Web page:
Most of us are aware of basic rules such as buying flame-retardant costumes, checking our children’s candy before they eat it, and accompanying our children outside. Here are a few extra share-worthy tips to help keep our little Wonder Women and X-Men safe on Halloween night.
The first few tips are critical because children are more than twice as likely to be hit by cars on Halloween than on any other day of the year:
- Drive home before dark. Even if you don’t have children or aren’t planning to participate in festivities, try to arrive at your destination by dusk, if you can, to help reduce the number of vehicles on the road that night. If you run errands in the evening, consider rescheduling them to another day. If you have to go out, try not to be on the road between 5:30 and 9:30 p.m., which is the busiest time for trick-or-treaters.
- Don’t use your phone while driving. Try not to take your eyes off the road for a millisecond. Remember that some children who don’t usually walk around in your neighborhood may be there Halloween night; since they’re not familiar with their surroundings, they may be especially distracted.
- Teach children to cross the street properly. Walkers should cross at designated corners, not in the middle of the street — and never between two parked or moving vehicles! They should also stay on the sidewalk whenever possible, facing traffic in the lane closest to them.
- Save the selfies and other photos for home. When you look at a phone screen or a camera flash, your eyes need time to adjust back to the darkness, which is all the time a child needs to walk away — right into the path of a moving car.
- Restrict children’s access to phone features while they’re trick-or-treating. Turn off games, apps, music, and even the ability to make or receive calls except to contact you or 911. You may also want to make sure your children know how and when to call 911.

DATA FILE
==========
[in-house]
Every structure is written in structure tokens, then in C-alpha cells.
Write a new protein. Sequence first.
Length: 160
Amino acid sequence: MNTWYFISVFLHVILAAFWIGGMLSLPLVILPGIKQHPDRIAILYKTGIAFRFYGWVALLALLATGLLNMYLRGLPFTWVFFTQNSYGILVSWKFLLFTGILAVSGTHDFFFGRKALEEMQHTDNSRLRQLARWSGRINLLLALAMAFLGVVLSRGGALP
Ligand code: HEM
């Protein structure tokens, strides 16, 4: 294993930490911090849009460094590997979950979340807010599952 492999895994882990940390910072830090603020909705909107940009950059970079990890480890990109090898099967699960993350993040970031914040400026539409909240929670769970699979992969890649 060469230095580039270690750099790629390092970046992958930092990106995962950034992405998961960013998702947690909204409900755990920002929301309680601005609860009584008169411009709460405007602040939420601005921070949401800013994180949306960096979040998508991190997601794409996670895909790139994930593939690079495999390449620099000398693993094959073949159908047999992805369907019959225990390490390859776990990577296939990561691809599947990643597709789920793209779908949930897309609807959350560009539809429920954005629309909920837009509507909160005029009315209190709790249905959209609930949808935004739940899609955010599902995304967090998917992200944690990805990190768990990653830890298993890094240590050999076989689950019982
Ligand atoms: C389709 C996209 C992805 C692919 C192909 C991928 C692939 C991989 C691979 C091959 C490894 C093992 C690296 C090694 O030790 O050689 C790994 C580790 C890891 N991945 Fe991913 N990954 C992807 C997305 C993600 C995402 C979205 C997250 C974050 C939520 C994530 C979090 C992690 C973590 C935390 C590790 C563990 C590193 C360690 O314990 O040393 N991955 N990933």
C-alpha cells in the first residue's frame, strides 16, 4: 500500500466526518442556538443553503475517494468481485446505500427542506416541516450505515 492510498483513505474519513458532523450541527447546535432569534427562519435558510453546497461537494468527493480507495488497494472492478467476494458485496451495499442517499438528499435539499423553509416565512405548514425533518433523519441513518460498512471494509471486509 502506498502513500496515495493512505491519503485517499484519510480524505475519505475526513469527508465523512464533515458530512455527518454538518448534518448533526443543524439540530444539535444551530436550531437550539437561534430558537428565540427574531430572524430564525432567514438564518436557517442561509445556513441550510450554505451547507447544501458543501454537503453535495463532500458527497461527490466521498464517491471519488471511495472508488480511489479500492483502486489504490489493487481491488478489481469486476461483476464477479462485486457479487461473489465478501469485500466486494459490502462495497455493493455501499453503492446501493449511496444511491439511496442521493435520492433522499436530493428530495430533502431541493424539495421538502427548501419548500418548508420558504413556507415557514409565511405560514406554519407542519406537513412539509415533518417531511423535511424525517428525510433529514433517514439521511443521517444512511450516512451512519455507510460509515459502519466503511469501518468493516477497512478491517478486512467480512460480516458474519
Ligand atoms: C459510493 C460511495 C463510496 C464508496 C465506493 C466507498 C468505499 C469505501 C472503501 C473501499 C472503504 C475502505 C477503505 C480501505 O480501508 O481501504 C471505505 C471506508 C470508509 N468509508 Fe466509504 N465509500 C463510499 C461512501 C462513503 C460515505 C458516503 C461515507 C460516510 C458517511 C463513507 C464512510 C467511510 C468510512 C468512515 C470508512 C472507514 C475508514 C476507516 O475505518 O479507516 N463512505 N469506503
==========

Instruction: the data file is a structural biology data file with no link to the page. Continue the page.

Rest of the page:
- Use a fitness tracker to monitor older children’s whereabouts. Running and bicycling apps such as MapMyRun and Cyclemeter can be used to watch a person’s route. Simply download and set up the app ahead of time, making sure to turn on the feature that allows specific people to view someone’s location.
- No headphones. No earbuds. No exceptions. On Halloween night, this rule applies to parents and teens too.
- If you hand out a non-edible treat (such as a small toy), package each piece in a small bag. This will help keep children from popping it into their mouths without realizing it’s not candy.
- Use battery-powered “candles” to light jack-o’-lanterns and other decorations. The goal is to eliminate as many fire hazards as possible.
- Use non-toxic face paint instead of masks. Children should be able to see clearly at all times. (You can test the paint to make sure it doesn’t irritate skin, and wash it off before bedtime.) Also, steer clear of decorative contact lenses because they can cause injury.
- “Double up” if the weather is cold. This means adding a base layer under costumes and street clothing, or just having children wear glove liners under mittens or gloves, and an extra pair of socks on feet. If the night is particularly windy, you can also apply a thin coat of Vaseline to faces and lips for extra protection.
All of us at Teladoc hope you and your family have a lot of fun this holiday. If you need us for any kind of non-emergency condition, we’re available 24/7 via mobile app, online, or phone. Just log in and set up your appointment. Happy Halloween!
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